Book Review: Weaving Dreams into the Classroom, edited by Curtiss Hoffman & Jacquie E. Lewis

Dream Tending book

Weaving Dreams into the Classroom Practical Ideas for Teaching about Dreams and Dreaming at Every Grade Level, including Adult Education by Curtiss Hoffman & Jacquie Lewis (editors), Brown Walker, Inc, 2014, 184 pp.

Weaving Dreams into the Classroom was conceived during a symposium presented at the 27th annual Conference of the International Association for the Study of Dreams (IASD) in 2010, where the theme of Dreams in Educational Environments was heavily emphasized and supported.

The book is a compilation of chapters from 10 educators who provide practical, hands-on models for bringing dream education to students of all ages. It is organized by level of instruction, beginning with elementary and secondary education and continuing to cover undergraduate, graduate and adult education. Importantly, since many dream educators encounter difficulty in gaining approval for integrating dreams into their curriculum, the authors provide creative solutions for overcoming potential objections.

Each chapter offers a diversity of approaches and perspectives from the different authors and there are numerous examples of how educators organize their classes and incorporate various methodologies and dreamwork projects into their courses.

Also discussed are: types of dreams at people have at different ages; samples of students’ dreams; how to orchestrate dream groups; the creative influence of dreams as a source of inspiration and imagination; the generative and transformative power of dreams, and the long-term effect dreamwork has had on students from their own point of view. Students also share examples of how they are taking what they learned out into the world.

One special chapter is written by a man who was the youngest presenter in the history at the IASD Conference where he premiered his film The Dream Mystery: An American Teen’s Search for Dream Elders; he has worked with his dreams since childhood, explored the ways in which various cultures place value on their dreams; he shared how dream appreciation has influenced his life. Common throughout the book are examples of the tremendous benefits students have acquired by studying dreams, such as increased intuition, self understanding, self-esteem, compassion and overall well being.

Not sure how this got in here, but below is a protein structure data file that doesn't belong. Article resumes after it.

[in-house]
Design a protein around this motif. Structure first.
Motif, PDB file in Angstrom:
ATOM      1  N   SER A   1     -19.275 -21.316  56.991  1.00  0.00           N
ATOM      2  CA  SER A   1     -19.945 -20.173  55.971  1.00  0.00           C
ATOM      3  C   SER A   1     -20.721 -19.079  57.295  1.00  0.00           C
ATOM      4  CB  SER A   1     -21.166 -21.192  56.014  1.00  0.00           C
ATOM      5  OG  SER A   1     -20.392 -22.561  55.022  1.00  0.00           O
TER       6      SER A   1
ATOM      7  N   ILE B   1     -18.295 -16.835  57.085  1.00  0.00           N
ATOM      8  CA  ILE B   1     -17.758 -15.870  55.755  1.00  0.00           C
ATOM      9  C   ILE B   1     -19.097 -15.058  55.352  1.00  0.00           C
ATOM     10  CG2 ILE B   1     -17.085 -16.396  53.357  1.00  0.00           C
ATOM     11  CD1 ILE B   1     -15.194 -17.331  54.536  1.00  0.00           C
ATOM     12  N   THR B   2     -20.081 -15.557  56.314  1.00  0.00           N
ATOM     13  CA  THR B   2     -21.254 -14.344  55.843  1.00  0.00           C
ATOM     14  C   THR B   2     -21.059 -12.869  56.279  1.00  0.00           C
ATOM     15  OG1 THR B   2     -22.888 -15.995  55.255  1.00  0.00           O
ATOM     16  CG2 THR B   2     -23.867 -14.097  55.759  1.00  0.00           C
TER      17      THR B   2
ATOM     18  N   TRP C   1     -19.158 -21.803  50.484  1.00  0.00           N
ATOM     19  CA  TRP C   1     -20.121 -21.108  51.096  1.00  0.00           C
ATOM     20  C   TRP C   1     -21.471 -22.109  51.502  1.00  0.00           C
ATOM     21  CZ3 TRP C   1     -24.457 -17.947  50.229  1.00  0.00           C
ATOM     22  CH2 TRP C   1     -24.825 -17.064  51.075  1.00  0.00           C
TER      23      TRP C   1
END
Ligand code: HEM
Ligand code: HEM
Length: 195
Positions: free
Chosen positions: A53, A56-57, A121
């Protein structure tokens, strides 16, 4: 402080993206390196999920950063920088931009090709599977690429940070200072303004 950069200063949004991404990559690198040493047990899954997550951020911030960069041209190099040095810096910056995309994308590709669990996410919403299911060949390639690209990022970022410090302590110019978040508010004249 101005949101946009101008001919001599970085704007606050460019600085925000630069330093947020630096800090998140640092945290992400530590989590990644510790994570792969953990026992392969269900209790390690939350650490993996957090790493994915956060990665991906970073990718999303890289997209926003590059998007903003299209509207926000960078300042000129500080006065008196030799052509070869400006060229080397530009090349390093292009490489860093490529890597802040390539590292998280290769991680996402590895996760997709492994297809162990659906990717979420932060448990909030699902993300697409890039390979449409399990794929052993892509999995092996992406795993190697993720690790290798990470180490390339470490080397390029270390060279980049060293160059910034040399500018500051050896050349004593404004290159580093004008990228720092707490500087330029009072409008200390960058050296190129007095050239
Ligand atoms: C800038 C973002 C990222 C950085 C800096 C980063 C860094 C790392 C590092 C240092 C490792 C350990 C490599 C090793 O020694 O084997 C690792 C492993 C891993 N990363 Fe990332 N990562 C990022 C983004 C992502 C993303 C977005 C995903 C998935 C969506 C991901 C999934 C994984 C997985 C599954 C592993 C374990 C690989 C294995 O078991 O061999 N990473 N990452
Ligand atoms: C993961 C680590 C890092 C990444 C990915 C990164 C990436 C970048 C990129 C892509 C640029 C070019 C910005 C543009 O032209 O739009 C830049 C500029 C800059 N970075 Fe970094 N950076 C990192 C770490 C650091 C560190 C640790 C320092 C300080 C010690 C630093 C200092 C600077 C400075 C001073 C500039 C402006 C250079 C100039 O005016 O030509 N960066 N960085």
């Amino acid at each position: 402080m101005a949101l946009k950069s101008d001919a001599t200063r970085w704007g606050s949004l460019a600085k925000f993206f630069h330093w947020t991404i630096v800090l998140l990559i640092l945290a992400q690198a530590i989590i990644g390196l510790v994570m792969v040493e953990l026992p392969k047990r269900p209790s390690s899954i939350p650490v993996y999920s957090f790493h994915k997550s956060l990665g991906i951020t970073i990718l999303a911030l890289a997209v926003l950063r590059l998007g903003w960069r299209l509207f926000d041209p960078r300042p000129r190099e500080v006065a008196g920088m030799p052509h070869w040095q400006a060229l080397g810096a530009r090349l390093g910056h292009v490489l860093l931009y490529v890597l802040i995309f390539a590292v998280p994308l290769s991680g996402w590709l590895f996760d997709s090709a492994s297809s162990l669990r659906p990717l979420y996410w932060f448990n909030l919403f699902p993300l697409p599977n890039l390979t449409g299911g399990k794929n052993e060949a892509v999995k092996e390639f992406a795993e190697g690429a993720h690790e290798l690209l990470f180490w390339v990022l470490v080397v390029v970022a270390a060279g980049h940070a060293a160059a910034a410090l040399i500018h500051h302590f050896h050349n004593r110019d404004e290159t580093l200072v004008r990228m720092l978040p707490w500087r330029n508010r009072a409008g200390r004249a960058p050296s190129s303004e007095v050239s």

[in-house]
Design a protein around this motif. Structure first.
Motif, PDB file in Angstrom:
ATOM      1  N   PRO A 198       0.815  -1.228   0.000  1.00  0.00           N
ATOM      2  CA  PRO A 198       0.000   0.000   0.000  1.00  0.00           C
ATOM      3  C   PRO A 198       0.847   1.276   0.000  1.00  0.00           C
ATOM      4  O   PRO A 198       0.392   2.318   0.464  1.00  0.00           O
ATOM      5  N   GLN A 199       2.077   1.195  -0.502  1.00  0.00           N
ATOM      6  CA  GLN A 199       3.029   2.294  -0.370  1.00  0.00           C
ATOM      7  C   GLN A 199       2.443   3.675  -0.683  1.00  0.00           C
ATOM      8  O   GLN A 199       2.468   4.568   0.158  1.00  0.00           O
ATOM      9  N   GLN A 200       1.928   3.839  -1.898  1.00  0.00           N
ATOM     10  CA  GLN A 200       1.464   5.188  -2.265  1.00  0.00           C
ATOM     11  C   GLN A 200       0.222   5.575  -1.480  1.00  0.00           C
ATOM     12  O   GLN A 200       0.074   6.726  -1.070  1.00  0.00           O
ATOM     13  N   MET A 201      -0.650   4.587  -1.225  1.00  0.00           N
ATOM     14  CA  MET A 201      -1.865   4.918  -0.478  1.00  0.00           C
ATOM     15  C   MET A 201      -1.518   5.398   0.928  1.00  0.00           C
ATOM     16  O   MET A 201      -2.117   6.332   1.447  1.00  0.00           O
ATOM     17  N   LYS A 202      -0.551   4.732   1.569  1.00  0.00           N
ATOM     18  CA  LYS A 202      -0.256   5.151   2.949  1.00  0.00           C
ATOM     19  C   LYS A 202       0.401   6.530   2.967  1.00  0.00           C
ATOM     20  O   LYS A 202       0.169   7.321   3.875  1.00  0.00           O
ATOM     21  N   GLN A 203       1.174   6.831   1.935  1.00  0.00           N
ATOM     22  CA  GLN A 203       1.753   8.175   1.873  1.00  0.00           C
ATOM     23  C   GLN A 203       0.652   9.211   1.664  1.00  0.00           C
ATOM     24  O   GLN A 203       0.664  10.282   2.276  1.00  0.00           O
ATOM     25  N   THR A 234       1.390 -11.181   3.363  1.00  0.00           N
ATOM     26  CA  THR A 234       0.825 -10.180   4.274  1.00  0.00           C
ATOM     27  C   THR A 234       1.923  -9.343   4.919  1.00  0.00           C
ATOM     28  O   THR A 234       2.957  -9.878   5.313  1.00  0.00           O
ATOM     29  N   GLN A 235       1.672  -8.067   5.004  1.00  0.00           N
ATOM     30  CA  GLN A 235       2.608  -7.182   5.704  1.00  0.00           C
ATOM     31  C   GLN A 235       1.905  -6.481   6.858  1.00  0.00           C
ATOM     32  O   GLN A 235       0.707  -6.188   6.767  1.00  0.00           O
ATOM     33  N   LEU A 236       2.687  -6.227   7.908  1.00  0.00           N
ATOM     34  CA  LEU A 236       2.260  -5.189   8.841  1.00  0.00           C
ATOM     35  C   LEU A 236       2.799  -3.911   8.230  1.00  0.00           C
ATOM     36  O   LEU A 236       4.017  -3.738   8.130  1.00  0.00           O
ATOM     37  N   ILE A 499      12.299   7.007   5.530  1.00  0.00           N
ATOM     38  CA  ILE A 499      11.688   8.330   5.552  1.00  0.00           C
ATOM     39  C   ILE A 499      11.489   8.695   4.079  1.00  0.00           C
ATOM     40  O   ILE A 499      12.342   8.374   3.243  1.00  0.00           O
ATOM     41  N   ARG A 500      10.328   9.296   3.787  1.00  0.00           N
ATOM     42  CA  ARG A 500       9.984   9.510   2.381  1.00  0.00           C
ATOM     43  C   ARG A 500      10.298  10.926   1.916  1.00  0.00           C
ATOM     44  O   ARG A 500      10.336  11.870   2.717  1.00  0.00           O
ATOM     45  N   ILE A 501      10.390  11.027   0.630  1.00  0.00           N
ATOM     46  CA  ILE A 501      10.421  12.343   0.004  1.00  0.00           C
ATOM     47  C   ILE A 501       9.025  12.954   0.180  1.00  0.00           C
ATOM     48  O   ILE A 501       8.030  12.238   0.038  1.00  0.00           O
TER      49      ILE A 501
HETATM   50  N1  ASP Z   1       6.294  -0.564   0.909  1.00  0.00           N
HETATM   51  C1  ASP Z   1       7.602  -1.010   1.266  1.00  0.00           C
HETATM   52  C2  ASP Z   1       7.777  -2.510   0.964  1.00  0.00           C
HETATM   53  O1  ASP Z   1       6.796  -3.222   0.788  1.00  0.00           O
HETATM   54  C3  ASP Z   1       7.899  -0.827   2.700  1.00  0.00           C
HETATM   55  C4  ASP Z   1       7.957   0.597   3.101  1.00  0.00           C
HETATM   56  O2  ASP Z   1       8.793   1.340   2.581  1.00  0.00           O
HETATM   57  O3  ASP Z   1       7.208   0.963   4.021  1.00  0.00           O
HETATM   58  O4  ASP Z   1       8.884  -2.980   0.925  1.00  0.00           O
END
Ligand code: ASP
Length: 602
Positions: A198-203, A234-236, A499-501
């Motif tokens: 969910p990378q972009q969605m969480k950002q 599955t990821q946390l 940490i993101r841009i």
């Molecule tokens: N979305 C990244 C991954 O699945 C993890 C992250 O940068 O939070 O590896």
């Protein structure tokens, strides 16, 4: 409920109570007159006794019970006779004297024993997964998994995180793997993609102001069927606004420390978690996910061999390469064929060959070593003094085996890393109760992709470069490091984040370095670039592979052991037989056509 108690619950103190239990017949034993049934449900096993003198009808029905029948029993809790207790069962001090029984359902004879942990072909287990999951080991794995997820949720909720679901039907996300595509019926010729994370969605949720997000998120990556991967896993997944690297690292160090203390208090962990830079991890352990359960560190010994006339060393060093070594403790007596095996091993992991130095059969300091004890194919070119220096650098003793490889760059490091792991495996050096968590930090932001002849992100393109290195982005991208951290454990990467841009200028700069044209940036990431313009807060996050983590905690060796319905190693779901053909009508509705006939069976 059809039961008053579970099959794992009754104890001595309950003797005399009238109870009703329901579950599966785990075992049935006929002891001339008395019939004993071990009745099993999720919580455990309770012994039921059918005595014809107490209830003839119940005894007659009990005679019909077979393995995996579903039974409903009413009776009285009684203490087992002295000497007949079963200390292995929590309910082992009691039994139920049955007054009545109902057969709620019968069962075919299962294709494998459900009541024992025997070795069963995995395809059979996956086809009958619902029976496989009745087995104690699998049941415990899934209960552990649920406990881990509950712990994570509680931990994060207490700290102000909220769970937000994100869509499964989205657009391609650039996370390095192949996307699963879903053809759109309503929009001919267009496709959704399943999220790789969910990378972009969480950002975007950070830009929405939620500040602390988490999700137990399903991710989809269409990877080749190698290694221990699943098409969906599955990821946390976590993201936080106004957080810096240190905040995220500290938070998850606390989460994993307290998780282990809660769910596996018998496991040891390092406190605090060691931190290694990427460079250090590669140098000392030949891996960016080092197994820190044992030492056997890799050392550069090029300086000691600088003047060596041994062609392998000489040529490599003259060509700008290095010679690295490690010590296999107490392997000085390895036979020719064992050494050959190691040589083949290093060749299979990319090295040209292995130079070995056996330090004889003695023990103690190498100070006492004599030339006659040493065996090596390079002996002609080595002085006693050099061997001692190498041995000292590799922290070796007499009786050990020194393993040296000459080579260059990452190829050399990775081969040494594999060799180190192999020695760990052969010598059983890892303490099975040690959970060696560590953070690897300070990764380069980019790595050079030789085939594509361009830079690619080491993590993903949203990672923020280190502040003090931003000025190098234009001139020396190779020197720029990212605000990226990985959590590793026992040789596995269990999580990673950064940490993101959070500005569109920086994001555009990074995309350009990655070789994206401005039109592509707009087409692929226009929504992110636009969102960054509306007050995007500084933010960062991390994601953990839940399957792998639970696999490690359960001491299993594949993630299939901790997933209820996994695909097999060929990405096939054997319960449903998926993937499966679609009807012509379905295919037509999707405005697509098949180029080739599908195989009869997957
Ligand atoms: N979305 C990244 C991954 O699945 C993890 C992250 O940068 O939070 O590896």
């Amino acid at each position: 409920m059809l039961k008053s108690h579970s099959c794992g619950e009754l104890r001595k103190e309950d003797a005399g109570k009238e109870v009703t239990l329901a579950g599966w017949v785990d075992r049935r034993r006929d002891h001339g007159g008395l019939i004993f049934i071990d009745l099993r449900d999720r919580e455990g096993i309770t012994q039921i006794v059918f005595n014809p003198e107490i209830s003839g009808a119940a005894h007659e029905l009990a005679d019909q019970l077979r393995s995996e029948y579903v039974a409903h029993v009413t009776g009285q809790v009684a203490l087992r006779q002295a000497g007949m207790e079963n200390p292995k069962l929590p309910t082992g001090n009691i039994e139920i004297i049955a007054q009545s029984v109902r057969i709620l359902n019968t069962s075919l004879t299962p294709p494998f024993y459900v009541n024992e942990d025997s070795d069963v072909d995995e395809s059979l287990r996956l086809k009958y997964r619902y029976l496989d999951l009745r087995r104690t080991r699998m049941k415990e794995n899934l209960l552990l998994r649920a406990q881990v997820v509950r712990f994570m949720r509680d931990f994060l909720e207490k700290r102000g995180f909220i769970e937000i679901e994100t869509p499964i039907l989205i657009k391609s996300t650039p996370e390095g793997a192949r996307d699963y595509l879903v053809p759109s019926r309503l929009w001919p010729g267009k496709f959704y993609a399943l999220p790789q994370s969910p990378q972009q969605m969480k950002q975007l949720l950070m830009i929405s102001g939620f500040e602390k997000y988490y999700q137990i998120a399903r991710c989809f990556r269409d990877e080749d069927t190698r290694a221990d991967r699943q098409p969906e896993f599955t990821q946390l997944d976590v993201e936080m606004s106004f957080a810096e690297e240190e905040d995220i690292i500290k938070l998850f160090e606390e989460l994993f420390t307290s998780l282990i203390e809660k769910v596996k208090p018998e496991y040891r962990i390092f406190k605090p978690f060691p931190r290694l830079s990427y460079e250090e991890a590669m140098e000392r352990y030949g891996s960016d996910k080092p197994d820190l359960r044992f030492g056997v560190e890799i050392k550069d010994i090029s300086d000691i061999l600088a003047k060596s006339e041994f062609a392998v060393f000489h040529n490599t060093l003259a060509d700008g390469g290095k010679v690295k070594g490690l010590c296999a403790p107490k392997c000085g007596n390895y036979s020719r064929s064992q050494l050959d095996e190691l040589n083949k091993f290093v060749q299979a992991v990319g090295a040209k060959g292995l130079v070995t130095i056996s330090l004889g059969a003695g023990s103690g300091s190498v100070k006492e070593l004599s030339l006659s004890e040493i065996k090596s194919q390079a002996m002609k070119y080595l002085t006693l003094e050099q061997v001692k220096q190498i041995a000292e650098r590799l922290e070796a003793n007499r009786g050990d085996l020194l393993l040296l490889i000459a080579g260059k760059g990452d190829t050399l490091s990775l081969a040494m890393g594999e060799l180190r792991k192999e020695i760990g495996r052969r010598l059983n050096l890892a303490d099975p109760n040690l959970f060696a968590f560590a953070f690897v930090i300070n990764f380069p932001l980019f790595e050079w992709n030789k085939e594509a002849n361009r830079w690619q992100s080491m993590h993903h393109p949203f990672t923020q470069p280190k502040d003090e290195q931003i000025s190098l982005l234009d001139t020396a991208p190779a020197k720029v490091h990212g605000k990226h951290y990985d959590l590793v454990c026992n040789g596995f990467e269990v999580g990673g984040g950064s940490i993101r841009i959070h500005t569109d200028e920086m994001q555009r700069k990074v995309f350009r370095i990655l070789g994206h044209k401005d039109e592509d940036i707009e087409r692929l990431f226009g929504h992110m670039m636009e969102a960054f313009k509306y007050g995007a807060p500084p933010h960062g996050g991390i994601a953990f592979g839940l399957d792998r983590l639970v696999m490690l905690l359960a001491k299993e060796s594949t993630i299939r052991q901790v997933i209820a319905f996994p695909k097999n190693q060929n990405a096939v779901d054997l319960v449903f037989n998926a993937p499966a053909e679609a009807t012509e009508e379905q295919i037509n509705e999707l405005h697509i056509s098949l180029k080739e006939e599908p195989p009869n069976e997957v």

One thing is clearly evident: students’ lives are enhanced by dreamsharing and dreamwork; the more opportunities they are given to learn about how to work with their dreams, the stronger the possibility of affecting positive and conscious-centered change in regards to themselves, their families and communities, as well as the planet.

Outside the classroom, the authors examine the decline of dreamwork training in clinical psychology, questioning why dreams are no longer a significant component of study—especially given the fact that working with dreams constituted the very foundation of that field. Examples of how and why graduate students feel ill equipped to do dreamwork with clients are detailed, along with suggestions for overcoming this handicap.

Students are our future. As Weaving Dreams into the Classroom clearly conveys, young people are the ones who will determine the choices, decisions and actions of generations to come. Providing classes that teach about the wisdom and value of dreams and how to work with them provides a powerful foundation for self-knowledge and healing on all levels: individually, collectively, ecologically and globally.

Weaving Dreams into the Classroom is a unique book and comes at a crucial point in human history. We are on the verge of destroying our planet and must seek another way to proceed into the future if we are to create and sustain quality of life for all sentient beings. In this regard, it is vital that we, as a species, learn to connect with and honor our dreams. Whether you are an educator or simply a person who is passionate about sharing the value of dreams with others, this is an essential resource to add to your personal library.